This fall, I participated in an Art Prize installation by writing prayers on red ribbons for girls and women, both in general, and for those who have survived sexual abuse and exploitation (more about that later in this post). I wrote names of girls and women I knew were survivors. I wrote prayers that a girl would be rescued that day. I wrote prayers that assured the reader that she was worthy of being rescued. Several times, I wrote, “May you have the courage to tell your story.”
And then: “May I have the courage to tell my story.”
That was not what I’d intended to write. This was supposed to be about them. But in this area, there is no them. There is us.
I added my name to the next ribbon, because I am a survivor of sexual abuse.
When I was in grade 1, when I’d go to a neighborhood friend’s house to play, her father would take me in another room and touch me. It happened multiple times, although I don’t remember how many. I didn’t remember telling my mother, but credited our moving to Australia with stopping the abuse. It wasn’t until I was a parent, myself, and grieving that I never gave my parents the opportunity to protect me, that I found out that I had. I’d come home upset after a party at this friend’s house. My mother couldn’t get out of me what had happened, but she’d assured me that I never had to go back to that house. Ever. Later that year, when we were safely in Australia, she got it out of me, and she’d written to warn other families in the neighborhood with daughters who would go to this girl’s house to play.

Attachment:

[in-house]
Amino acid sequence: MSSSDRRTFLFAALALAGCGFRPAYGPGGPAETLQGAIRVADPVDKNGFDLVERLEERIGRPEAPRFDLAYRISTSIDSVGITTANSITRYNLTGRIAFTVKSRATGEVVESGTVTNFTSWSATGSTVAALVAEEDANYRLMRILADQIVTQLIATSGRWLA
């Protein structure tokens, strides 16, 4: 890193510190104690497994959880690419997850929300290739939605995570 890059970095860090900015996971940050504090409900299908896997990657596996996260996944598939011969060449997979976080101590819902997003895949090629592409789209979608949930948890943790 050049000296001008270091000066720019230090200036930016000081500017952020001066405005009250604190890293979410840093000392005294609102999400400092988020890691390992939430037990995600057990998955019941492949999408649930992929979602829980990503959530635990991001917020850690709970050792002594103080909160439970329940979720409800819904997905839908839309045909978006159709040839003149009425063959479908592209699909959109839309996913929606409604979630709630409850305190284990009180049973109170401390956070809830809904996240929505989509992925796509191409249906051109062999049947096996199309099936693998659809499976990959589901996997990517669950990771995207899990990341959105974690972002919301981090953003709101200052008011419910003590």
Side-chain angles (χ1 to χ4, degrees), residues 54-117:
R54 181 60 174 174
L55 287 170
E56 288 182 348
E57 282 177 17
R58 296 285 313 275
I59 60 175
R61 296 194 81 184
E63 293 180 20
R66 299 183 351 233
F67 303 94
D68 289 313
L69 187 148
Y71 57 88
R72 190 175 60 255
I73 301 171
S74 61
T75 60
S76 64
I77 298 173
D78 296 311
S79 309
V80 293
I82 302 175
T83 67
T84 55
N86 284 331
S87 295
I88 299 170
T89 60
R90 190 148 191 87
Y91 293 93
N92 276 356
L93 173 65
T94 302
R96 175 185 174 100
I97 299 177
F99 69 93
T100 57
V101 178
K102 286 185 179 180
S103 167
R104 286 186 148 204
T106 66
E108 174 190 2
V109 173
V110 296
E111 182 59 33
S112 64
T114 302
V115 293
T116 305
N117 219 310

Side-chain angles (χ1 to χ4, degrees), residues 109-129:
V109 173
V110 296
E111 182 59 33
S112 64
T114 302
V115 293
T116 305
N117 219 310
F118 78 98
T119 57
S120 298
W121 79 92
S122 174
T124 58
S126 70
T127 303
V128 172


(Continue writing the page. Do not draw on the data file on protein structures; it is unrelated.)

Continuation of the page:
Compared to the abuse suffered by other people I know, and how adults in their lives compounded the abuse by being angry at and blaming the victim, mine is a mild story. But it is mine.
It has been fuel to the fire of my anger against men. I used it to justify my poor treatment of men in my late teens/early 20s. But God did a mighty work in my life by convincing me that men are His children, too, and worthy of being treated as such — this paradigm shift made healthy relationships (both sexual and otherwise) with men possible.
The organization that used those ribbons is the Red Cord Community, helmed by my good friend Lorilyn Wiering.
Handling so many prayers while I helped tie the ribbons to the wires was moving. Seeing all those prayers fluttering in the breeze, bathing the heads of tall people who walked through the installation, was beautiful and powerful. Telling the story of the organization and the purpose of the ribbons, and watching people — children and adults — add their prayers and their stories was profound and lovely, and sometimes sad. But always a privilege.
Lorilyn’s tagline on her email, and her vision for the Red Cord Community is this: “Together we will become a community where all are givers and all are receivers.”
As part of a community like that, sometimes I will be the receiver of stories and the giver of love and understanding, and other times I will give my story and receive love and understanding — thereby enabling me to give deeper and richer (and even holier) love and understanding.